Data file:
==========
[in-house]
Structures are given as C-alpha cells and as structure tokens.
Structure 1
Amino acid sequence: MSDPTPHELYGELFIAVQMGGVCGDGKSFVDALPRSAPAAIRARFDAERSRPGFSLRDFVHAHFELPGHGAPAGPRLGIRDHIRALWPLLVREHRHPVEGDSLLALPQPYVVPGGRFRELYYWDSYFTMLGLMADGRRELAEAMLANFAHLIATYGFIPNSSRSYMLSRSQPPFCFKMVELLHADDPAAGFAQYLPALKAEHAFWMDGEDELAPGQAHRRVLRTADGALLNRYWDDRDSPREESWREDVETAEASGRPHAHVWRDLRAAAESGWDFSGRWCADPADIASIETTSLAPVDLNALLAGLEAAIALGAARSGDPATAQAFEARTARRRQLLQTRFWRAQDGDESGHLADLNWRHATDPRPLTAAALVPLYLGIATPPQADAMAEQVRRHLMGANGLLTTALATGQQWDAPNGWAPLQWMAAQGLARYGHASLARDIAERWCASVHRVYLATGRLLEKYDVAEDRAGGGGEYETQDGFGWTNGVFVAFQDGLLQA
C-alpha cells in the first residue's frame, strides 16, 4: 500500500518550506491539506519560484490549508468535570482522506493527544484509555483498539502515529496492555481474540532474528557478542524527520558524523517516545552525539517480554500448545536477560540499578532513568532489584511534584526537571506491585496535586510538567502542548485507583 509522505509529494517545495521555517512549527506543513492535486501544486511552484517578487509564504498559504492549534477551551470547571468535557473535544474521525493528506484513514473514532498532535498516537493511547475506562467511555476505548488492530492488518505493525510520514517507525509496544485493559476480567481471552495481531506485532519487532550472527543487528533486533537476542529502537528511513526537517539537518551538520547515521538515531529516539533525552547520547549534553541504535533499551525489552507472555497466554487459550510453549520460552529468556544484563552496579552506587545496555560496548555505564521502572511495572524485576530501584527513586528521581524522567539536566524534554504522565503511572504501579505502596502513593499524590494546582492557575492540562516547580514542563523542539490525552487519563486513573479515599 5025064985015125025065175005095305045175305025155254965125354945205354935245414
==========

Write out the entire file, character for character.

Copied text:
[in-house]
Structures are given as C-alpha cells and as structure tokens.
Structure 1
Amino acid sequence: MSDPTPHELYGELFIAVQMGGVCGDGKSFVDALPRSAPAAIRARFDAERSRPGFSLRDFVHAHFELPGHGAPAGPRLGIRDHIRALWPLLVREHRHPVEGDSLLALPQPYVVPGGRFRELYYWDSYFTMLGLMADGRRELAEAMLANFAHLIATYGFIPNSSRSYMLSRSQPPFCFKMVELLHADDPAAGFAQYLPALKAEHAFWMDGEDELAPGQAHRRVLRTADGALLNRYWDDRDSPREESWREDVETAEASGRPHAHVWRDLRAAAESGWDFSGRWCADPADIASIETTSLAPVDLNALLAGLEAAIALGAARSGDPATAQAFEARTARRRQLLQTRFWRAQDGDESGHLADLNWRHATDPRPLTAAALVPLYLGIATPPQADAMAEQVRRHLMGANGLLTTALATGQQWDAPNGWAPLQWMAAQGLARYGHASLARDIAERWCASVHRVYLATGRLLEKYDVAEDRAGGGGEYETQDGFGWTNGVFVAFQDGLLQA
C-alpha cells in the first residue's frame, strides 16, 4: 500500500518550506491539506519560484490549508468535570482522506493527544484509555483498539502515529496492555481474540532474528557478542524527520558524523517516545552525539517480554500448545536477560540499578532513568532489584511534584526537571506491585496535586510538567502542548485507583 509522505509529494517545495521555517512549527506543513492535486501544486511552484517578487509564504498559504492549534477551551470547571468535557473535544474521525493528506484513514473514532498532535498516537493511547475506562467511555476505548488492530492488518505493525510520514517507525509496544485493559476480567481471552495481531506485532519487532550472527543487528533486533537476542529502537528511513526537517539537518551538520547515521538515531529516539533525552547520547549534553541504535533499551525489552507472555497466554487459550510453549520460552529468556544484563552496579552506587545496555560496548555505564521502572511495572524485576530501584527513586528521581524522567539536566524534554504522565503511572504501579505502596502513593499524590494546582492557575492540562516547580514542563523542539490525552487519563486513573479515599 5025064985015125025065175005095305045175305025155254965125354945205354935245414